Venice in December can have a sinister air, mists rising from the canals to silently shroud the city. Sometimes, the Basilica is invisible from the other side of the Piazza San Marco. A day after the Winter Solstice, however, Avi Avital threw off that wintry cloak to present a – mostly – sun-drenched Serenissima at Wigmore Hall. The Israeli mandolinist brought an authentic backing band too, the Venice Baroque Orchestra, in an ebullient evening largely focused on the city’s Red Priest himself, Antonio Vivaldi.

Avi Avital
© Zohar Ron

Bachtrack has 522 Vivaldi concertos catalogued in its database, an astonishing number, even if four particular – seasonal – concertos still dominate the performance listings. Stravinsky considered Vivaldi, “greatly overrated – a dull fellow who could compose the same form so many times over.” I wonder how many of them old Igor had actually heard… and in which performances. Chamber orchestras of the 1970s, dutifully ploughing through collections at steady tempi, certainly contributed to similar opinions and even the early days of period instrument performances sounded worthy rather than inspired.

But then came the Italians! Groups like Il Giardino Armonico, Europa Galante and Concerto Italiano shook up the Baroque world with fiery interpretations, less concerned with fidelity to the score than making those notes leap off the page. Founded in 1997, the Venice Baroque Orchestra swiftly joined those illustrious ranks and their contributions this evening were lusty and invigorating. Leading from the violin, Gianpiero Zanocco supplied fizzing spiccatos and humorous delays in Francesco Geminiani’s concerto grosso arrangement of his teacher Corelli’s La Follia. Lutenist Ivano Zaneghi – a real character who later, taking longer than Avital to retune his instrument, regaled the audience with the quip “I have no money to buy a new one!” – strummed furiously, often exchanging conspiratorial glances with cellist Massimo Raccanelli. In the brief Sinfonia in G major, there were hints of the heat haze and buzzing fireflies of Vivaldi’s Summer from The Four Seasons, the VBO’s muscular attack full of vigour.

Of those 522 concertos, the mandolin only features in three: one solo concerto, one double and the “con molti stromenti” RV 558 for some 13 soloists. This didn’t prevent Avital offering four Vivaldi works, all bursting with life. Few concertos are as delicate as the C major RV 425, where the strings – apart from a few cello bars – play pizzicato, almost as if imitating their mandolin superstar. Avital, seated, had an insouciant air, a silvery stream of notes and tasteful ornaments pouring from his strings, the finale dazzling in its virtuosity. The Lute Concerto in D major is a natural one for the mandolin to purloin – did I spy an envious glance from Zaneghi? Avital never lingered and the VBO zinged in the Allegro outer movements.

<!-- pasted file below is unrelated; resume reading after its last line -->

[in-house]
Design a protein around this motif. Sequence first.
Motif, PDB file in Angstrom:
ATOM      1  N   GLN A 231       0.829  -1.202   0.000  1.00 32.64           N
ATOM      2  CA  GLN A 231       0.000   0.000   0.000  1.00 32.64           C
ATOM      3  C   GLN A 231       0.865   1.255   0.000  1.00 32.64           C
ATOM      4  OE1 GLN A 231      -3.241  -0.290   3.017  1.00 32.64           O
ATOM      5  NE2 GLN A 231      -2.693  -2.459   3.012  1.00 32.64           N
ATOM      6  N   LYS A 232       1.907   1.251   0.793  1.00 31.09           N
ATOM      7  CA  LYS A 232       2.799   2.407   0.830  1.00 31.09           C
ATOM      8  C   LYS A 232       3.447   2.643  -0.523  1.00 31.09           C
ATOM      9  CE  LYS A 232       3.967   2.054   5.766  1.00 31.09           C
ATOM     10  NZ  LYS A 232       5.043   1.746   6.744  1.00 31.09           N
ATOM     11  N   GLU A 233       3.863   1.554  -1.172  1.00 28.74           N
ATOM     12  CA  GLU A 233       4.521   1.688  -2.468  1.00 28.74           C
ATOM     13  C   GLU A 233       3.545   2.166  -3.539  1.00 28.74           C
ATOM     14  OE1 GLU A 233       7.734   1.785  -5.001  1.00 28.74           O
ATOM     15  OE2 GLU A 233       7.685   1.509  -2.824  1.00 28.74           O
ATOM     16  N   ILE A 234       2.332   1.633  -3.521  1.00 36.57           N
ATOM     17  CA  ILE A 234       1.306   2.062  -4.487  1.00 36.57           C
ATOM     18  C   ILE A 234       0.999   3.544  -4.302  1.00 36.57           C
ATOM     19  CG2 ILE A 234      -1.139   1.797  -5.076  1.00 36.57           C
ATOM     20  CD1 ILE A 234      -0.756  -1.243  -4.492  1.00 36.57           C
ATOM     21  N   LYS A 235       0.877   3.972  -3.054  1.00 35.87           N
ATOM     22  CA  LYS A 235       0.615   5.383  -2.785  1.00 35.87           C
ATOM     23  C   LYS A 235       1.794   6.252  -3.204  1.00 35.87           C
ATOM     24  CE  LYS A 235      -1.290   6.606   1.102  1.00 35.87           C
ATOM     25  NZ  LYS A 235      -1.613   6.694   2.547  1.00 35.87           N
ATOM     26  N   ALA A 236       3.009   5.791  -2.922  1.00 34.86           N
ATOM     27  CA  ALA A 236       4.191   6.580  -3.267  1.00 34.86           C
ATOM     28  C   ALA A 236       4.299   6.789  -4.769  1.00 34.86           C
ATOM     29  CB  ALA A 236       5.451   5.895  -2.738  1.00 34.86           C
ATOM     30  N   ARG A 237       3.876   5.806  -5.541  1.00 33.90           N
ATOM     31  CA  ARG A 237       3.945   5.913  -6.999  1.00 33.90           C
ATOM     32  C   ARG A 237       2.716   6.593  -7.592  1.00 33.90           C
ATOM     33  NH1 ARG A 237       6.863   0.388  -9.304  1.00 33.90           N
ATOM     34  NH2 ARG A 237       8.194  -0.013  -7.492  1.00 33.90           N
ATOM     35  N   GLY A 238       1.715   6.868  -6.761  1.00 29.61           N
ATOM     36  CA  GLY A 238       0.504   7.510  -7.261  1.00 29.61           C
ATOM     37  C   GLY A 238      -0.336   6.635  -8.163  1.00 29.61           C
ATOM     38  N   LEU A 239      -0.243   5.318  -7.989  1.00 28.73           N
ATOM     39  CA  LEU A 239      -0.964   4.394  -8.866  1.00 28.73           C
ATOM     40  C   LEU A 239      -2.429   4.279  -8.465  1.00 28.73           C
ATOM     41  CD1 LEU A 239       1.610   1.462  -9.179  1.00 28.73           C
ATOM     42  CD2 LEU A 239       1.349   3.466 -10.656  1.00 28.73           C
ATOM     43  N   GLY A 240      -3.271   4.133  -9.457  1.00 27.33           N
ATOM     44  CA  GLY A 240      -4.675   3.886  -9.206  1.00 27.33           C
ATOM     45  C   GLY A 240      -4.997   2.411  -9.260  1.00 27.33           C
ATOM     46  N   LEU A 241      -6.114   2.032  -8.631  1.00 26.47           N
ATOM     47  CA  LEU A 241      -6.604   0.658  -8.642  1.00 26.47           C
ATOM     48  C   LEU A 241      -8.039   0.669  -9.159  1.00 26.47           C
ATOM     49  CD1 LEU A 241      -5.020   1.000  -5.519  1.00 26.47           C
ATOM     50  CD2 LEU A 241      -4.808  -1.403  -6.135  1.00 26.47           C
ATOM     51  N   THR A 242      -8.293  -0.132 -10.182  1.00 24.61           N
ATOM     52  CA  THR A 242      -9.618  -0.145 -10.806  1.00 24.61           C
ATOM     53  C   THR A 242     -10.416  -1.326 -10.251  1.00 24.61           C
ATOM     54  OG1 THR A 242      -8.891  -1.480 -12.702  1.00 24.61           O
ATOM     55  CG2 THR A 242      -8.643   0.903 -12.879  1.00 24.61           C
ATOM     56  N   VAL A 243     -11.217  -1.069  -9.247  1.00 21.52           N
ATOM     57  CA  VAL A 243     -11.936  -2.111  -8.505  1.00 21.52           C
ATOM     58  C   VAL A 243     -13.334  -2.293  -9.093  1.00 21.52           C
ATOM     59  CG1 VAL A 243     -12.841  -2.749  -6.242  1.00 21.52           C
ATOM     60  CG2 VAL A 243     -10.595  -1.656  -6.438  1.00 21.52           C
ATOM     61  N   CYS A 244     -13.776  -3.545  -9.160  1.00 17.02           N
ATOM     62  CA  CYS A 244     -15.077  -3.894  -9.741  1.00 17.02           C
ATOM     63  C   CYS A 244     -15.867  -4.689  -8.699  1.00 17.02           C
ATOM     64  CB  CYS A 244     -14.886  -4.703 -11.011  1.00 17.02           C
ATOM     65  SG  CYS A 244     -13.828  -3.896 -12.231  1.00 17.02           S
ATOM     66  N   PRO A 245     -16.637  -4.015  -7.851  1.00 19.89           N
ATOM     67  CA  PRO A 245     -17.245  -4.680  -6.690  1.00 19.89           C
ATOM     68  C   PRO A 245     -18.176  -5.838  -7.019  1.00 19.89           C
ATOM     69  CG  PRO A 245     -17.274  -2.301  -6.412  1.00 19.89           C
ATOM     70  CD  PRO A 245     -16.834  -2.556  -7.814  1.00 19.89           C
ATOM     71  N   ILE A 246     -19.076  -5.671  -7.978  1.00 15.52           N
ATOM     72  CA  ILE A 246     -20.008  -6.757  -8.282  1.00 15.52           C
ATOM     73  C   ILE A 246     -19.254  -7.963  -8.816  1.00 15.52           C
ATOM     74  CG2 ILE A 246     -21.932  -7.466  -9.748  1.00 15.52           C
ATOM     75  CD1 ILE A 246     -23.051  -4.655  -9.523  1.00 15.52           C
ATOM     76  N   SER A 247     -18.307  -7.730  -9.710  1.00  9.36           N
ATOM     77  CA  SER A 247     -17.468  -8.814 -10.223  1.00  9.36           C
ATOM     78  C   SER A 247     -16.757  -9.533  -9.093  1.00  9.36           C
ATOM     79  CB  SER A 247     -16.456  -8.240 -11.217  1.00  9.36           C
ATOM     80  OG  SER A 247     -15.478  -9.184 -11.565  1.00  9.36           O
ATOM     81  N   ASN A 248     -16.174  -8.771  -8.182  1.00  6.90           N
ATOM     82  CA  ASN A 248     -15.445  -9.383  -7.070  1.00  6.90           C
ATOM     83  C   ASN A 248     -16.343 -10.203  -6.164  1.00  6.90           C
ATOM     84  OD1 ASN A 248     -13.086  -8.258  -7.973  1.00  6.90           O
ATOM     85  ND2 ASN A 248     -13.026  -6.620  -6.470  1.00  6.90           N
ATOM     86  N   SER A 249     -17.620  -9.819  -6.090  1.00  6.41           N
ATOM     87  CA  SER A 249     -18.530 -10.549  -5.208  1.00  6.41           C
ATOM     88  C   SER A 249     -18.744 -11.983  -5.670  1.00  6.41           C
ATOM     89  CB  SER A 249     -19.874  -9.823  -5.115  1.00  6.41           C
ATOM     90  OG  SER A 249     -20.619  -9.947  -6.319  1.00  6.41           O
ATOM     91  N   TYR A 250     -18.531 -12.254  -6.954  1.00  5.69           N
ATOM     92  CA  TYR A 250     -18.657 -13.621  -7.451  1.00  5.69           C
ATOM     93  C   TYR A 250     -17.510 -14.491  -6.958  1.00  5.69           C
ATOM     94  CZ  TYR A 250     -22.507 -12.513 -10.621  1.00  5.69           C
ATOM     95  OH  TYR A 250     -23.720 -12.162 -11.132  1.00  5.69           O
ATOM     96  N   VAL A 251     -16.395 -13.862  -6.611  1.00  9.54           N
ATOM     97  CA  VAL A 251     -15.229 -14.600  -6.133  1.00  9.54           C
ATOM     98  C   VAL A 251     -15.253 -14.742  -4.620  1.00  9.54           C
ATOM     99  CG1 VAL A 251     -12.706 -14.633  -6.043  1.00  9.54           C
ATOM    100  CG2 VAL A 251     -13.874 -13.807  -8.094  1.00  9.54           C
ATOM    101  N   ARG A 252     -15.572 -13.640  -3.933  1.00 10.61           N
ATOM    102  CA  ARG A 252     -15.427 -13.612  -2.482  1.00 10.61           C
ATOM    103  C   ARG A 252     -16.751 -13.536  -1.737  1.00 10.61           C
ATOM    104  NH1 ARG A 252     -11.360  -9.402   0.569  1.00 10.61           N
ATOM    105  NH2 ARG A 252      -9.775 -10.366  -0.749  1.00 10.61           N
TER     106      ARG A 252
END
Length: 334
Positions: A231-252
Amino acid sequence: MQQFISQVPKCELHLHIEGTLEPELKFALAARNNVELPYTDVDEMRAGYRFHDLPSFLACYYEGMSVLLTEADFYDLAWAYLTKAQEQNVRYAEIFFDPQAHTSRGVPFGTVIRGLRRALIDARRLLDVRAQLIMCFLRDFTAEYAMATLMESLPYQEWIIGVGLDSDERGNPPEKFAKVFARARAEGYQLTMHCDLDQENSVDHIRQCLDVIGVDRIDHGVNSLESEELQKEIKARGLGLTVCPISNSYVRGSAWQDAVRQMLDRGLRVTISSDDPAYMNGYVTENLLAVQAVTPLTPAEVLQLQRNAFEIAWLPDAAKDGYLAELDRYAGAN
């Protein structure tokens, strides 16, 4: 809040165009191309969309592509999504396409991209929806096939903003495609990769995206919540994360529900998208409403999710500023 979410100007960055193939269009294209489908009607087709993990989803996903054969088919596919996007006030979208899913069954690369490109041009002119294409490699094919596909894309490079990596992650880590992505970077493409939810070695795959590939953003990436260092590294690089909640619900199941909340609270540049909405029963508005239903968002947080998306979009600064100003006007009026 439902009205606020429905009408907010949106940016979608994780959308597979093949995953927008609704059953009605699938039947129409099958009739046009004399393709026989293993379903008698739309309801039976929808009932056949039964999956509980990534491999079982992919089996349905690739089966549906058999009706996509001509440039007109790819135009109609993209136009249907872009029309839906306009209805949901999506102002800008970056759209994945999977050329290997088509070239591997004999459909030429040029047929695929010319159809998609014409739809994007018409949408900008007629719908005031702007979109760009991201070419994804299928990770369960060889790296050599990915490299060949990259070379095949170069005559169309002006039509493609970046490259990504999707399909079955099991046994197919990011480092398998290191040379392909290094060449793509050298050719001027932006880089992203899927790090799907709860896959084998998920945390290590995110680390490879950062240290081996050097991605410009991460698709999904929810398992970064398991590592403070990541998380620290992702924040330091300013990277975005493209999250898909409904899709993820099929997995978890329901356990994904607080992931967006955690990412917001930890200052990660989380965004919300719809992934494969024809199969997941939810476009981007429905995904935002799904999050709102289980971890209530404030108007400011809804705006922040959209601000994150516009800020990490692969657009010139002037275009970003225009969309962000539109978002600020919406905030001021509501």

Avi Avital
© Harald Hoffmann | DG

The Concerto in A minor RV 356 is originally for violin, from the collection entitled L’estro armonico. In transcription, the mandolin has to play tremolos to cover long sustained violin bows, which Avital made sound a completely natural transition. In the central Largo, he captured an air of improvisational reverie.

The interloper in this Venetian extravaganza was Giovanni Paisiello, best known for his version of The Barber of Seville (composed 34 years before Rossini’s). Paisiello was based in Naples and Avital, in a humorous introduction, described the more temperamental “Neapolitan dialect” of this music. Easily the longest concerto of the evening, Avital dispatched it with panache, rising from his seat at one dramatic tremolo flourish.

The most familiar item came last, the Violin Concerto in G minor, Op.8 no. 2, RV 315 – better known as just “Summer”. The oppressive heat of the opening trembled and shimmered under Avital’s fingers and the parched sul ponticello strings scratched ominously in the Adagio, leading to the finale’s furious cloudburst. An Italian storm, given a tempestuous performance, but a welcome burst of sunshine too on a dark December evening.